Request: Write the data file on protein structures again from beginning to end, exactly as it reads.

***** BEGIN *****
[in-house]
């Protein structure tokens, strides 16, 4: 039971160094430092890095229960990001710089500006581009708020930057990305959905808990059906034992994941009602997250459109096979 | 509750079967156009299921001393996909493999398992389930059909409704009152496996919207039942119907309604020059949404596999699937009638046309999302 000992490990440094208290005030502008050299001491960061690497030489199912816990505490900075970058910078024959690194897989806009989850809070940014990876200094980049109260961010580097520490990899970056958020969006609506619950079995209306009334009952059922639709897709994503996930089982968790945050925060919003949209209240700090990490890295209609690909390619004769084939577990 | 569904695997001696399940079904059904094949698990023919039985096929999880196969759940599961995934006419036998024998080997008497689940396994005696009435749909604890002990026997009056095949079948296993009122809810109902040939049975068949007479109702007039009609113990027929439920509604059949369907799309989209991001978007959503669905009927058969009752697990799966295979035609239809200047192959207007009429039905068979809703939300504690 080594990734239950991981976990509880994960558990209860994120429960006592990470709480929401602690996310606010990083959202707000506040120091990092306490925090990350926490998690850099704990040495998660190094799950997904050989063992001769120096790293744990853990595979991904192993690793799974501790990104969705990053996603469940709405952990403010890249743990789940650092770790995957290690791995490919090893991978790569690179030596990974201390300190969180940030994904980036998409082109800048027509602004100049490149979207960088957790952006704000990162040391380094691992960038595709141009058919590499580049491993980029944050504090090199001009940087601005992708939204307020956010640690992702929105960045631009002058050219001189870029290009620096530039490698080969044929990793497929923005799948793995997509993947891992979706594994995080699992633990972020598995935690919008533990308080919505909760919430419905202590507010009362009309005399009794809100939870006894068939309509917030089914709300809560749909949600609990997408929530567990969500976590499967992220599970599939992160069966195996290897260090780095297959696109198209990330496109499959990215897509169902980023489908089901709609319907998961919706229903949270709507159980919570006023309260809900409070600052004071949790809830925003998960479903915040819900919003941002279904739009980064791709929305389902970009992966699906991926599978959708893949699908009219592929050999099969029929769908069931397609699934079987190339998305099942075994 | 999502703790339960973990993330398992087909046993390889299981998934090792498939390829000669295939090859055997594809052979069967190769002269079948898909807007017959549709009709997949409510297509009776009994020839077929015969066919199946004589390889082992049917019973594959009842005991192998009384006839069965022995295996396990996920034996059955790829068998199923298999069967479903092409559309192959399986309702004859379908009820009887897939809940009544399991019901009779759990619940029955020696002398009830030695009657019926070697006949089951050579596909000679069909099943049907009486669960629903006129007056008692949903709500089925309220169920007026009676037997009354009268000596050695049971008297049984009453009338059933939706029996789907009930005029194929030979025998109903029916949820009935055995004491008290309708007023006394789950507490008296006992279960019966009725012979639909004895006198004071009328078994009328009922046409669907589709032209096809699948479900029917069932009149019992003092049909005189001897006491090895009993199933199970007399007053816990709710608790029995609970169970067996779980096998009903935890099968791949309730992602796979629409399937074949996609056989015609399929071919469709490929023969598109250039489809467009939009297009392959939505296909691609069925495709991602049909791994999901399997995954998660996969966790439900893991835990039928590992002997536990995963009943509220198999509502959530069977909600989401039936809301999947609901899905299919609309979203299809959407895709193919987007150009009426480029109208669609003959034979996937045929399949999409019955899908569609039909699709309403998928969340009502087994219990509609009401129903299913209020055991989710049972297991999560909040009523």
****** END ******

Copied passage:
[in-house]
């Protein structure tokens, strides 16, 4: 039971160094430092890095229960990001710089500006581009708020930057990305959905808990059906034992994941009602997250459109096979 | 509750079967156009299921001393996909493999398992389930059909409704009152496996919207039942119907309604020059949404596999699937009638046309999302 000992490990440094208290005030502008050299001491960061690497030489199912816990505490900075970058910078024959690194897989806009989850809070940014990876200094980049109260961010580097520490990899970056958020969006609506619950079995209306009334009952059922639709897709994503996930089982968790945050925060919003949209209240700090990490890295209609690909390619004769084939577990 | 569904695997001696399940079904059904094949698990023919039985096929999880196969759940599961995934006419036998024998080997008497689940396994005696009435749909604890002990026997009056095949079948296993009122809810109902040939049975068949007479109702007039009609113990027929439920509604059949369907799309989209991001978007959503669905009927058969009752697990799966295979035609239809200047192959207007009429039905068979809703939300504690 080594990734239950991981976990509880994960558990209860994120429960006592990470709480929401602690996310606010990083959202707000506040120091990092306490925090990350926490998690850099704990040495998660190094799950997904050989063992001769120096790293744990853990595979991904192993690793799974501790990104969705990053996603469940709405952990403010890249743990789940650092770790995957290690791995490919090893991978790569690179030596990974201390300190969180940030994904980036998409082109800048027509602004100049490149979207960088957790952006704000990162040391380094691992960038595709141009058919590499580049491993980029944050504090090199001009940087601005992708939204307020956010640690992702929105960045631009002058050219001189870029290009620096530039490698080969044929990793497929923005799948793995997509993947891992979706594994995080699992633990972020598995935690919008533990308080919505909760919430419905202590507010009362009309005399009794809100939870006894068939309509917030089914709300809560749909949600609990997408929530567990969500976590499967992220599970599939992160069966195996290897260090780095297959696109198209990330496109499959990215897509169902980023489908089901709609319907998961919706229903949270709507159980919570006023309260809900409070600052004071949790809830925003998960479903915040819900919003941002279904739009980064791709929305389902970009992966699906991926599978959708893949699908009219592929050999099969029929769908069931397609699934079987190339998305099942075994 | 999502703790339960973990993330398992087909046993390889299981998934090792498939390829000669295939090859055997594809052979069967190769002269079948898909807007017959549709009709997949409510297509009776009994020839077929015969066919199946004589390889082992049917019973594959009842005991192998009384006839069965022995295996396990996920034996059955790829068998199923298999069967479903092409559309192959399986309702004859379908009820009887897939809940009544399991019901009779759990619940029955020696002398009830030695009657019926070697006949089951050579596909000679069909099943049907009486669960629903006129007056008692949903709500089925309220169920007026009676037997009354009268000596050695049971008297049984009453009338059933939706029996789907009930005029194929030979025998109903029916949820009935055995004491008290309708007023006394789950507490008296006992279960019966009725012979639909004895006198004071009328078994009328009922046409669907589709032209096809699948479900029917069932009149019992003092049909005189001897006491090895009993199933199970007399007053816990709710608790029995609970169970067996779980096998009903935890099968791949309730992602796979629409399937074949996609056989015609399929071919469709490929023969598109250039489809467009939009297009392959939505296909691609069925495709991602049909791994999901399997995954998660996969966790439900893991835990039928590992002997536990995963009943509220198999509502959530069977909600989401039936809301999947609901899905299919609309979203299809959407895709193919987007150009009426480029109208669609003959034979996937045929399949999409019955899908569609039909699709309403998928969340009502087994219990509609009401129903299913209020055991989710049972297991999560909040009523």